Introduction to Fabric
At Steadfast Collective, we’ve written quite a few Laravel packages to do things like talking to APIs and extending Laravel Cashier.
Whenever we need to create a new package, it looks something like this: find a package we already have that does a similar thing, clone it down to our machine, remove the Git repository, rename all of the Composer namespaces, remove code that’s not needed. That’s all before we can start writing code.
With that problem in mind, I set out to build something that would simplify that process, it’s called Fabric.
What it does and how it works
Fabric is a command line utility that developers can use to easily scaffold PHP, Laravel & Statamic packages.
It’s really simple to use, just specify the type of package you’d like to scaffold, eg. we specify Laravel in the below example. You can specify if you’d like to enable any extra features such as a config file, routing or a facade, by passing flags as shown below. (For a full list of available parameters, review the documentation)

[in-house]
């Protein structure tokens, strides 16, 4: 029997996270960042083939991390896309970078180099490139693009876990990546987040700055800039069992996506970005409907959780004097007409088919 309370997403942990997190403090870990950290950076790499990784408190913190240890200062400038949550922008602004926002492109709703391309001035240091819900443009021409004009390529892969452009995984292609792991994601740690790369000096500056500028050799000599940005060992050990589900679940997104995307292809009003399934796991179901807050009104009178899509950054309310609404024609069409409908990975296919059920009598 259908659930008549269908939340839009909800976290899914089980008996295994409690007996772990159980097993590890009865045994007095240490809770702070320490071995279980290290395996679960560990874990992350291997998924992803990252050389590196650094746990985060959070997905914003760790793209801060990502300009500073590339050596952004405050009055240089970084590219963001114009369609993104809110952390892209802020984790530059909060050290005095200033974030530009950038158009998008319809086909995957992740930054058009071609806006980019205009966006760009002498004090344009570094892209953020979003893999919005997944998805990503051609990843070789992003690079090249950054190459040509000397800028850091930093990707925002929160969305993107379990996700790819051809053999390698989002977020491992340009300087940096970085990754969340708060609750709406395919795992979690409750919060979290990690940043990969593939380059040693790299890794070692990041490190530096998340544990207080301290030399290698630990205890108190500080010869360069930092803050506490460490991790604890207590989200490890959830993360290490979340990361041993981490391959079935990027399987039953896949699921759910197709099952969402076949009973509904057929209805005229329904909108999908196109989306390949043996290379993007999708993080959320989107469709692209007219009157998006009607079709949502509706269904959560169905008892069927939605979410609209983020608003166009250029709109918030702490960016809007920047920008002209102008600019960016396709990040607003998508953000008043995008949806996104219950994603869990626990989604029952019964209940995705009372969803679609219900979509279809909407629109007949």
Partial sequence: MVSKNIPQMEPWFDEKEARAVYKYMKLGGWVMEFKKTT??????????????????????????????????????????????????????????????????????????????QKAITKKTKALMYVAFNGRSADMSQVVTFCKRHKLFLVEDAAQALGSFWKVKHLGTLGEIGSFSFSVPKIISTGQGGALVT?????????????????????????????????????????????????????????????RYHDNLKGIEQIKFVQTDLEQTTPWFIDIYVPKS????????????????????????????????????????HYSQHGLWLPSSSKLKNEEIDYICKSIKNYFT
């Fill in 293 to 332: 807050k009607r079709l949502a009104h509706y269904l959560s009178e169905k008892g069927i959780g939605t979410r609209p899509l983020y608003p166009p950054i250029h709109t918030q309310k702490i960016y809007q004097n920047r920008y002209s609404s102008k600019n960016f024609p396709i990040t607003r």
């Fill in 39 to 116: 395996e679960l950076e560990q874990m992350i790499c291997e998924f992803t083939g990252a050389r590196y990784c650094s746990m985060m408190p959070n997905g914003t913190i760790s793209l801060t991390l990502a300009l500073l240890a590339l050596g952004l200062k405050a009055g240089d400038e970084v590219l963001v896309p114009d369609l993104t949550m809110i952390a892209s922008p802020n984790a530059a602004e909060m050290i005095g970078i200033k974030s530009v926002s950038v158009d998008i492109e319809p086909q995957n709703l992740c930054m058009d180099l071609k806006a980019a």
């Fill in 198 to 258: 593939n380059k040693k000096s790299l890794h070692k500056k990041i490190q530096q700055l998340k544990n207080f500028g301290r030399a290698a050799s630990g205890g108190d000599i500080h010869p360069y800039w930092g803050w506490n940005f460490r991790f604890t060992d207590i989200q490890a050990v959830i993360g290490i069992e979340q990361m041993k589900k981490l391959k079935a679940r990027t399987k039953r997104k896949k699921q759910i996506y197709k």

Behind the scenes, the CLI is running Laravel Zero which means we can write the commands the same way you would write an artisan command in your application.
Whenever you run Fabric, it will copy the relevant stubs to the project’s folder and it will replace the namespaces from the stubs for your package.
Run this command to globally require Fabric as a Composer dependency.
For details on the usage of Fabric, visit the documentation.
Feel free to install it and give it a try. If you run into any issues, create a GitHub issue.